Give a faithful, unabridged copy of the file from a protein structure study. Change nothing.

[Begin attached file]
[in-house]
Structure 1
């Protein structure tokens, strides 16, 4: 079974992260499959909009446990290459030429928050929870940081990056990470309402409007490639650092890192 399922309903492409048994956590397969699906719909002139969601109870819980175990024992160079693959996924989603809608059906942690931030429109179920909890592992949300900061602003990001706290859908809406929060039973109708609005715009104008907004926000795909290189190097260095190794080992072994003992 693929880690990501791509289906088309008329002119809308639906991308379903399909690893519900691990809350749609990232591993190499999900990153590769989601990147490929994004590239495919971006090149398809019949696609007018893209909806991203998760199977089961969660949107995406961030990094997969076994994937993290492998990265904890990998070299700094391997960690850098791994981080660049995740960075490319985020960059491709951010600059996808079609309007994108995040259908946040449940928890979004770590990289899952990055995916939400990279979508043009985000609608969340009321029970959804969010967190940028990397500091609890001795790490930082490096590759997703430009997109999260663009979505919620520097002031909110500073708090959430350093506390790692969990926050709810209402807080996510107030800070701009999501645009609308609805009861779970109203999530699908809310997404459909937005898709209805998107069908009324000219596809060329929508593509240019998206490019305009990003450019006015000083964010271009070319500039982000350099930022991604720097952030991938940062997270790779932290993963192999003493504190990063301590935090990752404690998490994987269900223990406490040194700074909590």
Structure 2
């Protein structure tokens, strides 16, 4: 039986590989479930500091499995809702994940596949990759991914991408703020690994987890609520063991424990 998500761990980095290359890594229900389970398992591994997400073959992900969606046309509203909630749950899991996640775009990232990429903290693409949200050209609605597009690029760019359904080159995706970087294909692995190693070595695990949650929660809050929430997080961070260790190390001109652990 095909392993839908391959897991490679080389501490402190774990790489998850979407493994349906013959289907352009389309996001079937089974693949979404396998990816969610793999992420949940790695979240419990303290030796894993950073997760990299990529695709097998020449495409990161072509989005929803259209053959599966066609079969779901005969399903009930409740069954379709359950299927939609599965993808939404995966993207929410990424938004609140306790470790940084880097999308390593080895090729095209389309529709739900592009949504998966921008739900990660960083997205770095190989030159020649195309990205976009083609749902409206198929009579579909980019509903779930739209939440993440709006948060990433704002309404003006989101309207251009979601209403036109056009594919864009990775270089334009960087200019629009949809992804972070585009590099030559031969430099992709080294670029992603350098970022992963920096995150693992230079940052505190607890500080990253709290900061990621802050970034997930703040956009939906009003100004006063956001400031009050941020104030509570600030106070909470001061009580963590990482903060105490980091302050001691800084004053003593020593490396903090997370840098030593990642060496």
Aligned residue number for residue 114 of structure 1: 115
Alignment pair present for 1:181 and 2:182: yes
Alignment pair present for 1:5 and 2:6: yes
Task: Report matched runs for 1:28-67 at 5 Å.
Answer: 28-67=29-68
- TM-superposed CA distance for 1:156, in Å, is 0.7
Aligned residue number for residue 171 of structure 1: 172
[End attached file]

[in-house]
Structure 1
């Protein structure tokens, strides 16, 4: 079974992260499959909009446990290459030429928050929870940081990056990470309402409007490639650092890192 399922309903492409048994956590397969699906719909002139969601109870819980175990024992160079693959996924989603809608059906942690931030429109179920909890592992949300900061602003990001706290859908809406929060039973109708609005715009104008907004926000795909290189190097260095190794080992072994003992 693929880690990501791509289906088309008329002119809308639906991308379903399909690893519900691990809350749609990232591993190499999900990153590769989601990147490929994004590239495919971006090149398809019949696609007018893209909806991203998760199977089961969660949107995406961030990094997969076994994937993290492998990265904890990998070299700094391997960690850098791994981080660049995740960075490319985020960059491709951010600059996808079609309007994108995040259908946040449940928890979004770590990289899952990055995916939400990279979508043009985000609608969340009321029970959804969010967190940028990397500091609890001795790490930082490096590759997703430009997109999260663009979505919620520097002031909110500073708090959430350093506390790692969990926050709810209402807080996510107030800070701009999501645009609308609805009861779970109203999530699908809310997404459909937005898709209805998107069908009324000219596809060329929508593509240019998206490019305009990003450019006015000083964010271009070319500039982000350099930022991604720097952030991938940062997270790779932290993963192999003493504190990063301590935090990752404690998490994987269900223990406490040194700074909590």
Structure 2
């Protein structure tokens, strides 16, 4: 039986590989479930500091499995809702994940596949990759991914991408703020690994987890609520063991424990 998500761990980095290359890594229900389970398992591994997400073959992900969606046309509203909630749950899991996640775009990232990429903290693409949200050209609605597009690029760019359904080159995706970087294909692995190693070595695990949650929660809050929430997080961070260790190390001109652990 095909392993839908391959897991490679080389501490402190774990790489998850979407493994349906013959289907352009389309996001079937089974693949979404396998990816969610793999992420949940790695979240419990303290030796894993950073997760990299990529695709097998020449495409990161072509989005929803259209053959599966066609079969779901005969399903009930409740069954379709359950299927939609599965993808939404995966993207929410990424938004609140306790470790940084880097999308390593080895090729095209389309529709739900592009949504998966921008739900990660960083997205770095190989030159020649195309990205976009083609749902409206198929009579579909980019509903779930739209939440993440709006948060990433704002309404003006989101309207251009979601209403036109056009594919864009990775270089334009960087200019629009949809992804972070585009590099030559031969430099992709080294670029992603350098970022992963920096995150693992230079940052505190607890500080990253709290900061990621802050970034997930703040956009939906009003100004006063956001400031009050941020104030509570600030106070909470001061009580963590990482903060105490980091302050001691800084004053003593020593490396903090997370840098030593990642060496």
Aligned residue number for residue 114 of structure 1: 115
Alignment pair present for 1:181 and 2:182: yes
Alignment pair present for 1:5 and 2:6: yes
Task: Report matched runs for 1:28-67 at 5 Å.
Answer: 28-67=29-68
- TM-superposed CA distance for 1:156, in Å, is 0.7
Aligned residue number for residue 171 of structure 1: 172